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In over head, dog rescuer says she’s done for good

Kelly Mickey Hammond cuddles with Troy 4 year-old hound originally rescued by Hearts Hounds Schererville. |  Michelle L. Quinn/For

Kelly Mickey, of Hammond, cuddles with Troy, a 4 year-old hound originally rescued by Hearts and Hounds of Schererville. | Michelle L. Quinn/For Post-Tribune

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Updated: October 24, 2013 6:08AM



SCHERERVILLE — A local animal rescuer criticized for abandoning some of her dogs says she got “in over her head” and won’t rescue any more.

Linda Szymoniak, founder of Hearts and Hounds Rescue, cited a mental condition in posts to her personal and rescue Facebook pages. The posts said she’s under a doctor’s care and was helped by a medication clinical trial she completed in June.

“People will think what they want of me, and no matter what I say, it’s not going to make any difference to many of them. I have loved animals my entire life, and I really wanted to make a difference for them. I had a dream, and now it’s been dashed to hell and back again.”

Earlier this month, two more dogs rescued by Szymoniak were returned by a kennel owner frustrated by Szymoniak’s lack of follow-up.

Sandra Martinez, owner of South Bend-based SanMar Kennels, delivered the two hounds, Troy and Elvis, to Szymoniak’s home Sept. 14 after getting fed up with her unresponsiveness. Szymoniak had dropped off three dogs — the hounds and a black Labrador retriever — at Martinez’s kennel April 26.

The black Labrador was quickly adopted, but the two hounds were not. And Szymoniak neither checked in on them nor paid the amount agreed upon, Martinez said.

“Weeks went by, and it became a problem,” Martinez said. “(In the last month) I’ve called her four times over two weeks with no response. Then my granddaughter emailed her, and she did respond that she would come out the first of month with dog food and then in two weeks with money for the boarding. It never came.”

After stewing about it, Martinez hopped in her van with the two dogs and drove the hour from South Bend to Szymoniak’s house.

Szymoniak said on Facebook that she was naïve in getting into rescue and all it entails, and lamented that neither her family nor most people in rescue support her anymore. But she placed many dogs in good homes and said she prays for the dogs she might’ve been able to save in the future, telling her detractors they “won.”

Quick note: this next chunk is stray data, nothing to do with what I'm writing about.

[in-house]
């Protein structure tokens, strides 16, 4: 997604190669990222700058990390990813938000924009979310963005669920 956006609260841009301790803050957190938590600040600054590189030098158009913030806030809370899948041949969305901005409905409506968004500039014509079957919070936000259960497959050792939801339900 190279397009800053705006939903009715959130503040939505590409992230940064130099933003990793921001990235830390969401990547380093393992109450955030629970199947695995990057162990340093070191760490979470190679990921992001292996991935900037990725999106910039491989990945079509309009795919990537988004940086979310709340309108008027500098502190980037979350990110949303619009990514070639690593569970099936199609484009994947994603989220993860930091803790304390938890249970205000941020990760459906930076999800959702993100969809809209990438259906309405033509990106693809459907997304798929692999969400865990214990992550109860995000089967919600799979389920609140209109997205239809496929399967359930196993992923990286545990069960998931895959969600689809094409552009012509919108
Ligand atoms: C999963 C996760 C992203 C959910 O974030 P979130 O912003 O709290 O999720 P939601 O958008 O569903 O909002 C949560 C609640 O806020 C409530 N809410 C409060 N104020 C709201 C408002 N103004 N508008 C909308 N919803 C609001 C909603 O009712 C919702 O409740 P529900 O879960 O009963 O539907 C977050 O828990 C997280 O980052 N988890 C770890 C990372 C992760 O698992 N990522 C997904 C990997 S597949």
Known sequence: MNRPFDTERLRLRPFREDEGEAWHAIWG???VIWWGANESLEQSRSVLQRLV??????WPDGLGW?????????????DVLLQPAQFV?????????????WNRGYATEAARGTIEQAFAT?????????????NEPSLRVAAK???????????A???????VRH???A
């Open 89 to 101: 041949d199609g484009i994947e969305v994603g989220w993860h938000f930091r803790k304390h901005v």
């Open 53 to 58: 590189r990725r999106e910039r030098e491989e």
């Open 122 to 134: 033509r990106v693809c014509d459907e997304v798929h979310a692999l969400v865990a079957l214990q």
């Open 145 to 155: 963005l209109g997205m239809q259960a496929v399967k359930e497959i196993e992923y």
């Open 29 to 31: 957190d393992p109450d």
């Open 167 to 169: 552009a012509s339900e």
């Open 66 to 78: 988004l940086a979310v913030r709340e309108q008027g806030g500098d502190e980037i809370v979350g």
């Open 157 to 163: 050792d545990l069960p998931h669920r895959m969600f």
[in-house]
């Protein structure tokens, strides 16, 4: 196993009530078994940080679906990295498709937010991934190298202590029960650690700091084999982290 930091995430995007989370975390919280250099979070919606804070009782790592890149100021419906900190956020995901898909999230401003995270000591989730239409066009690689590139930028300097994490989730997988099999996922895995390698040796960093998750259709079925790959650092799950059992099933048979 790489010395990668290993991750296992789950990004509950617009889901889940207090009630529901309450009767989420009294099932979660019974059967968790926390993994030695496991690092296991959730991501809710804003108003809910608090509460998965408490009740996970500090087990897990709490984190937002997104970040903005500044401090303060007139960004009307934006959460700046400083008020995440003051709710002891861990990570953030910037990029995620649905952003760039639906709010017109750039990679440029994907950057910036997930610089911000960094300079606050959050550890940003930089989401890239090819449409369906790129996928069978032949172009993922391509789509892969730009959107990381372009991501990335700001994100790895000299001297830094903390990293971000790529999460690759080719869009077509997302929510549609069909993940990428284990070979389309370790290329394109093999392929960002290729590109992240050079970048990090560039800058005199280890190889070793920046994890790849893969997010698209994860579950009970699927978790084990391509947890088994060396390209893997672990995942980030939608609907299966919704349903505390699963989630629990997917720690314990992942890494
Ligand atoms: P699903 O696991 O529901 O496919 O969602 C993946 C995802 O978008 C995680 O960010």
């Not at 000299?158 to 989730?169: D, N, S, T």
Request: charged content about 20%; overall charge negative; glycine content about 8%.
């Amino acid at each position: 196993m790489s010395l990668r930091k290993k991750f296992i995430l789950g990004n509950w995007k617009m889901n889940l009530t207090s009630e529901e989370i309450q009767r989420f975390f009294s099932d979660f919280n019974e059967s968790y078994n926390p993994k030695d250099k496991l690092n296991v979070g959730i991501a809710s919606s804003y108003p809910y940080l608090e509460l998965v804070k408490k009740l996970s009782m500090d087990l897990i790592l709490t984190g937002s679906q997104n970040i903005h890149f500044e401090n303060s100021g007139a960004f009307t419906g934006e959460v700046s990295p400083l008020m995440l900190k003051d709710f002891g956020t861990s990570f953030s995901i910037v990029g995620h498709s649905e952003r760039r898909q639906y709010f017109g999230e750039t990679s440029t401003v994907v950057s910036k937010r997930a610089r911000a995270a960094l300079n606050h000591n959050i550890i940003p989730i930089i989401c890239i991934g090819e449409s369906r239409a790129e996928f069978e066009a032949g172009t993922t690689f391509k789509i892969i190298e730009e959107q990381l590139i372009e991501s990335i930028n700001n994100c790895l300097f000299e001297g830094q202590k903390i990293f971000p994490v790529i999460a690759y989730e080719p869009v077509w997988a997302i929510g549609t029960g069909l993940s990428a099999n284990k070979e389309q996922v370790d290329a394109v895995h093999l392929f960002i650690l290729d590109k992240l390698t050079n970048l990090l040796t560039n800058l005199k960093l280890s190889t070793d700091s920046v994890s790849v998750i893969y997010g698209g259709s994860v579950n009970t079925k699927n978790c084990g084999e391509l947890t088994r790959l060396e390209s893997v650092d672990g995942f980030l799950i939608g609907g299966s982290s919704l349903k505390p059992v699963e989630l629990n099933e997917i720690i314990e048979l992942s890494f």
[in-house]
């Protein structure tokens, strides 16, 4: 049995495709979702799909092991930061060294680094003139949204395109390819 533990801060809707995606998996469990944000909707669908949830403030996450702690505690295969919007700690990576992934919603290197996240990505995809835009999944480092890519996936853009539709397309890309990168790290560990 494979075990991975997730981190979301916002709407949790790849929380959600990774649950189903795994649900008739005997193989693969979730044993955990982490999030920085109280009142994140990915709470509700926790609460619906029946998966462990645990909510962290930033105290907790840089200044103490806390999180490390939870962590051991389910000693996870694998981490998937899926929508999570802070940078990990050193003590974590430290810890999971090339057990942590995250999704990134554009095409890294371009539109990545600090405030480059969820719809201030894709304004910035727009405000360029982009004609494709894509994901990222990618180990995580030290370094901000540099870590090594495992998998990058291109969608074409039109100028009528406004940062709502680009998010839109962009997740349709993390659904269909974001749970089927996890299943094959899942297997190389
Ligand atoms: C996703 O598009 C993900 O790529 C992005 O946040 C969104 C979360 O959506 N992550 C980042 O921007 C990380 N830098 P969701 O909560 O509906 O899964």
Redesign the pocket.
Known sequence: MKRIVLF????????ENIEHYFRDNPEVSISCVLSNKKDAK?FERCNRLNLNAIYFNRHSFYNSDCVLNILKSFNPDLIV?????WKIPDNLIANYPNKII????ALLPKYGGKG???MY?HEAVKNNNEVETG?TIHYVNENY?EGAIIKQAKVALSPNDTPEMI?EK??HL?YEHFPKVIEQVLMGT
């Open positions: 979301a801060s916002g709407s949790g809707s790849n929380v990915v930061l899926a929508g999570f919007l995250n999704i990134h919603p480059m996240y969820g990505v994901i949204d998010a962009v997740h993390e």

“I’m back in that black hole that I finally pulled myself out of last year just before I started my rescue,” she wrote. “I have some (dogs) still in my care and will continue working with the fosters and getting these dogs into homes.

“I am just one person and tried my best.”

Szymoniak also was accused of leaving three sick dogs in a Fairmont, N.C., veterinary clinic without paying for boarding or upkeep. That clinic posted an appeal for donations on its website for the dogs, whose costs now total hundreds of dollars.

Neither Szymoniak nor the South Robeson Veterinary Clinic in Fairmont, N.C., have returned repeated calls seeking comment.

People involved in rescue who follow the Hearts and Hounds page were hopeful but dubious she’ll stop trying to rescue any more dogs.

“If this was the first time, I could maybe work up some sympathy,” said Liz Gill, who donated $730 to the care of the dogs in North Carolina. “But she has a serious problem and it is the dogs paying the price.”

Martinez said she was warned by another rescue organization that Szymoniak would be a problem, but she didn’t want to believe it, calling Szymoniak a “nice lady.”

Now, though, she has concluded: “She should not be doing this.”

Troy and Elvis, the dogs Martinez dropped off, were taken in by a local animal control agency; Elvis is being adopted, while Troy found a temporary home with Kelly Mickey, who fosters pets for Houndsong, another rescue group.

Mickey, who’s taken on special-needs hounds before, took one look at the shivering, drooling dog and knew he had to come home with her.

“He came in very nervous, ,” Mickey said of Troy.

”Then last night, he wouldn’t come inside to sleep because he was afraid to be locked up again,” she added. “This is what happens when they’re left in a boarding kennel for months at a time. He doesn’t know how to react to people.”



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